in this episode, I'm gonna help you make creating your WordPress posts and pages go even faster. If you're like me, you love the new Gutenberg editor. Being able to drag and drop all of those different elements into a post or a page is really really easy, but if I'm creating the same kind of content over and over again like a blog with the same layout - say an image, then a paragraph, then a heading, another paragraph, and then maybe a quote or however you want to basically always create your posts or pages, all that dragging and dropping is really a hassle.
I'm gonna show you two really simple ways to make that go a whole lot faster: 1) reusable blocks, or 2) a simple plugin.
Gone are the days when an individual needed to knoq coding to make a working website. Just your enthusiasm, along with the availability of plugins in WordPress, has made it super-easy to develop a fully-functional website.
Let us explore one of the best WordPress event management plugins: WP Event Manager. It is a plugin that will help you design, edit and manage any kind of events on your website. And guess what? No need for coding skills.
One of the most significant turning points in the history of WordPress is when version 3.0 came out in 2010. It included Custom Post Types, which allowed a developer to create entirely new kinds of content, manage how the administrative interface looked, and create unique templates for rendering the content on the front of the website.
A great, albeit simple, example of this is a Staff Listing. If you think about what a staff listing needs, it includes:
A page listing all of the staff (or a page with pagination if there are too many)
A single page for each staff person, with relevant data like phone number, office location, email address, etc.
The ability to organize staff into groups, like departments, locations, etc.
A combination of a custom post type, meta fields, and custom taxonomies can create these pages, plus the administrative interface, in 30 minutes or less. Here’s how I did it.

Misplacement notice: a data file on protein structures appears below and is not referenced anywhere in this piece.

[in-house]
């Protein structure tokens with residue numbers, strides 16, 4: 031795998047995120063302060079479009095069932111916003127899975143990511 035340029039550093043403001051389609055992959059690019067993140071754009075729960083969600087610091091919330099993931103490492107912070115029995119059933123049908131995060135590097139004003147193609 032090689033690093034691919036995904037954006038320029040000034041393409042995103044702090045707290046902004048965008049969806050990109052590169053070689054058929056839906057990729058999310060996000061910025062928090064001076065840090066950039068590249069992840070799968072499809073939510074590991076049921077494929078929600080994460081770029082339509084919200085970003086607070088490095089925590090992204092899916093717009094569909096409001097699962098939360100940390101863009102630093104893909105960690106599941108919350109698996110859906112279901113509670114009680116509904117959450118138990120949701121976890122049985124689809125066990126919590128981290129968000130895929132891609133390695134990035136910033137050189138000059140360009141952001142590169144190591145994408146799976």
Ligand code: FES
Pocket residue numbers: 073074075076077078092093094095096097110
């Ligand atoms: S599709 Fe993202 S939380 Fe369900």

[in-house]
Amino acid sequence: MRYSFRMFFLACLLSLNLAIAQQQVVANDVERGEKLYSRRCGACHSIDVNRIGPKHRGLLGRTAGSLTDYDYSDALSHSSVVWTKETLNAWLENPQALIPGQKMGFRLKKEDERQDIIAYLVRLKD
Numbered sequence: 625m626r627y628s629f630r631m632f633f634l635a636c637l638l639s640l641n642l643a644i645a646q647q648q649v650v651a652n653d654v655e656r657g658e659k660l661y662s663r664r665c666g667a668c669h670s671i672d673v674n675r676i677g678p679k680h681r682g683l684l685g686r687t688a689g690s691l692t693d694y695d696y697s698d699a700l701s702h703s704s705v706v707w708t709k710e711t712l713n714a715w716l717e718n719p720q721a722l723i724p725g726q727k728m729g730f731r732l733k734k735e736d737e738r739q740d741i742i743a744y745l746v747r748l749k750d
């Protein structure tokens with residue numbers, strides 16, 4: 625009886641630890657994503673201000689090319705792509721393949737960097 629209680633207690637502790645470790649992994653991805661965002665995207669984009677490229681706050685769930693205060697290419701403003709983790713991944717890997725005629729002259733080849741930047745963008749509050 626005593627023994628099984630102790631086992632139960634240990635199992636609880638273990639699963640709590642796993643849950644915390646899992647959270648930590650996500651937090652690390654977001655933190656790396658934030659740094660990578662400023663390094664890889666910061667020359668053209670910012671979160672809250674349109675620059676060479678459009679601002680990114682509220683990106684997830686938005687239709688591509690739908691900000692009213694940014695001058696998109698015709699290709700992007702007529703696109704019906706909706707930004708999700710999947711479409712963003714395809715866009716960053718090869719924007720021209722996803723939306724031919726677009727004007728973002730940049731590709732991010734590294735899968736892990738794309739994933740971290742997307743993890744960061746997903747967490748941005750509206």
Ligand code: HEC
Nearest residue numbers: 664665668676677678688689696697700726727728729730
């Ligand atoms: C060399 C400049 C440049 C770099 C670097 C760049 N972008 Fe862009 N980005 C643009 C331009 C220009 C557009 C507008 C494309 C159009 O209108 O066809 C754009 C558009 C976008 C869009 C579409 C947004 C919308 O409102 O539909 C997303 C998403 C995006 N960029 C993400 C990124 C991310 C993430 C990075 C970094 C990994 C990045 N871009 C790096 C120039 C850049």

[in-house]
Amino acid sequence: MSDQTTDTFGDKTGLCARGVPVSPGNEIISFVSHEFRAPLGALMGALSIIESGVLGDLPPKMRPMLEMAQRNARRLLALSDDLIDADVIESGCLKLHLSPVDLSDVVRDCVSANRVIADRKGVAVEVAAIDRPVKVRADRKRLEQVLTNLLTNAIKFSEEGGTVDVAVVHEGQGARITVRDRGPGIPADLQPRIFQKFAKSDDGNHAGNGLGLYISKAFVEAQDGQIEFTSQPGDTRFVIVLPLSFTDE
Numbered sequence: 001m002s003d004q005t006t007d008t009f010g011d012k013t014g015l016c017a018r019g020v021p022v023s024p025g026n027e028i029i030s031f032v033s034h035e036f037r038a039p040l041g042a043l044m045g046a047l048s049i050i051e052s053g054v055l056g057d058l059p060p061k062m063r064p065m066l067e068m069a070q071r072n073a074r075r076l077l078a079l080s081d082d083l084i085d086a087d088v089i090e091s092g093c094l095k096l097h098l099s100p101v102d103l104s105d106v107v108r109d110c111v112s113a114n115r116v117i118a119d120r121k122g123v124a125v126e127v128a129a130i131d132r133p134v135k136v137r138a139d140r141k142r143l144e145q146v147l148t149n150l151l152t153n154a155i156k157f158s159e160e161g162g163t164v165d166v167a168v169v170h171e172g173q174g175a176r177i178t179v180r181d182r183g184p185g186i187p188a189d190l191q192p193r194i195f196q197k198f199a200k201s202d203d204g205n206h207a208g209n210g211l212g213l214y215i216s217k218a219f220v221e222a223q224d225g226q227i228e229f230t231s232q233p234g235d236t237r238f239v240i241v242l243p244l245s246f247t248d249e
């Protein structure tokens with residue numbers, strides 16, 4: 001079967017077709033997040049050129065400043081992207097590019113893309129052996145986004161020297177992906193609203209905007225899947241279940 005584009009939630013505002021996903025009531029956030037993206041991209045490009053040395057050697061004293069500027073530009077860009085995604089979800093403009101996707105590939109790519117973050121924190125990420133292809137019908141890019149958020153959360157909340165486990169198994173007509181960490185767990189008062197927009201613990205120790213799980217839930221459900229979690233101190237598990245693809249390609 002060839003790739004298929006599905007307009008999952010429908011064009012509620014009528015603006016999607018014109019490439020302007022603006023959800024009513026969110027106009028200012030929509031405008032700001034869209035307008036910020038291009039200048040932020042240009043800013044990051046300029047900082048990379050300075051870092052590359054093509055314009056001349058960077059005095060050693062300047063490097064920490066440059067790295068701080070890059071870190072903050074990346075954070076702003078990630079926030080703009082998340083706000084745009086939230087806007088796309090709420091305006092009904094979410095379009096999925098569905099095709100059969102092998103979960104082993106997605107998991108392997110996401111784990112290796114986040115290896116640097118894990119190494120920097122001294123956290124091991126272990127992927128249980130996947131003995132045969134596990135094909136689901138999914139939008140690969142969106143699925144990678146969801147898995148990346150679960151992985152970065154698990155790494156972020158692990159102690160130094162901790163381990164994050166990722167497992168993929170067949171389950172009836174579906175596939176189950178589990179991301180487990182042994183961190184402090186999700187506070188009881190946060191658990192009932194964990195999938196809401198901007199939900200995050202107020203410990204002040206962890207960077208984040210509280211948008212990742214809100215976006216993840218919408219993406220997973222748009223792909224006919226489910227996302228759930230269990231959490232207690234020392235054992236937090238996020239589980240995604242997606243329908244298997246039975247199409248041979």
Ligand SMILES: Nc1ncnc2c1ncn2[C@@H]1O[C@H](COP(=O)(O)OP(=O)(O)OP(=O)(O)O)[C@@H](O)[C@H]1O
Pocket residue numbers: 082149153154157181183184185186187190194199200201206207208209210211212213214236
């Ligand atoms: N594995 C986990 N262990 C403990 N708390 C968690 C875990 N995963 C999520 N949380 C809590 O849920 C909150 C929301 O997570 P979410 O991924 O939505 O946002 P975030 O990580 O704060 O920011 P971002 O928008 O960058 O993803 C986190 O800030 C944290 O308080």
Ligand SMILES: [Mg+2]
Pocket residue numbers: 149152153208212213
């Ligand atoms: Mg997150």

Over the years, we've relied on RSS feeds for many different tasks.
Ten years ago, we used RSS feeds to create news sites, pulling in articles from multiple different sources.
Five years ago, we set up RSS feeds to automatically send our updates to social media.
Now we still use RSS feeds. In 2020, we use RSS for some of our software projects. Github provides RSS feeds for our plugin releases. We take the release information from Github and import it to our sites to show our changelogs.
Several years ago I suddenly got an automated message from my web host telling me that my account was using too many resources, and I would soon have to upgrade. This surprised me quite a lot, since the only thing on there was my blog, which was small, and I never wrote, so no-one ever visited.
I contacted support and asked them what had caused the error message to send. As it turns out, a bot was trying to break into my WordPress login form. It was simply trying usernames and passwords in a classic brute force attempt to guess a username and password combination. The problem was that it was trying over 100 times per second. This means that my login page was loading 200 times per second, once for the form, and once for the failed login notice. My server was melting.
Page builders, page builders … you’re all pretty. Can’t we all just get along?
Say you have limited web design experience, you need a website, and you’re on a budget. You’ve decided a WordPress page builder is right for you. Congratulations! You’ve just stepped into a hornet’s nest of "mine is better than yours because …"